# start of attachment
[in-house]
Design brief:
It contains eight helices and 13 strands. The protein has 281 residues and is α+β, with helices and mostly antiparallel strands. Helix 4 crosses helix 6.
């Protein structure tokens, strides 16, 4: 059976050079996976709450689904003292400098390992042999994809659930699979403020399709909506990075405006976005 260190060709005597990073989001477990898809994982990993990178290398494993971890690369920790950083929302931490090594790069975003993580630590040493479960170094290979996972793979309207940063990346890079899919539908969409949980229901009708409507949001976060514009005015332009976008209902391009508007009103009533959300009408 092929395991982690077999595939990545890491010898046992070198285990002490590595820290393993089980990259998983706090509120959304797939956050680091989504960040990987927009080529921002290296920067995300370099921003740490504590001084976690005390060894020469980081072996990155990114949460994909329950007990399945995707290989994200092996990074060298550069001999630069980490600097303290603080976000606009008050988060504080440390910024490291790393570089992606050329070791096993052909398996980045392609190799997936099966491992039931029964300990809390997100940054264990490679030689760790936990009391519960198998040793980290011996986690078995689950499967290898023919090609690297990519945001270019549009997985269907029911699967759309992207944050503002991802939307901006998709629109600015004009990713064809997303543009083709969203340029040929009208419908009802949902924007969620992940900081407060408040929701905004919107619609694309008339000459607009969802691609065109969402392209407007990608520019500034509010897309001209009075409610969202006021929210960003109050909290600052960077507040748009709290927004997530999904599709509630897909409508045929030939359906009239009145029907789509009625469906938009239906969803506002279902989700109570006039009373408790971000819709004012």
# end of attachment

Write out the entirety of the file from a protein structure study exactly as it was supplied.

[in-house]
Design brief:
It contains eight helices and 13 strands. The protein has 281 residues and is α+β, with helices and mostly antiparallel strands. Helix 4 crosses helix 6.
């Protein structure tokens, strides 16, 4: 059976050079996976709450689904003292400098390992042999994809659930699979403020399709909506990075405006976005 260190060709005597990073989001477990898809994982990993990178290398494993971890690369920790950083929302931490090594790069975003993580630590040493479960170094290979996972793979309207940063990346890079899919539908969409949980229901009708409507949001976060514009005015332009976008209902391009508007009103009533959300009408 092929395991982690077999595939990545890491010898046992070198285990002490590595820290393993089980990259998983706090509120959304797939956050680091989504960040990987927009080529921002290296920067995300370099921003740490504590001084976690005390060894020469980081072996990155990114949460994909329950007990399945995707290989994200092996990074060298550069001999630069980490600097303290603080976000606009008050988060504080440390910024490291790393570089992606050329070791096993052909398996980045392609190799997936099966491992039931029964300990809390997100940054264990490679030689760790936990009391519960198998040793980290011996986690078995689950499967290898023919090609690297990519945001270019549009997985269907029911699967759309992207944050503002991802939307901006998709629109600015004009990713064809997303543009083709969203340029040929009208419908009802949902924007969620992940900081407060408040929701905004919107619609694309008339000459607009969802691609065109969402392209407007990608520019500034509010897309001209009075409610969202006021929210960003109050909290600052960077507040748009709290927004997530999904599709509630897909409508045929030939359906009239009145029907789509009625469906938009239906969803506002279902989700109570006039009373408790971000819709004012």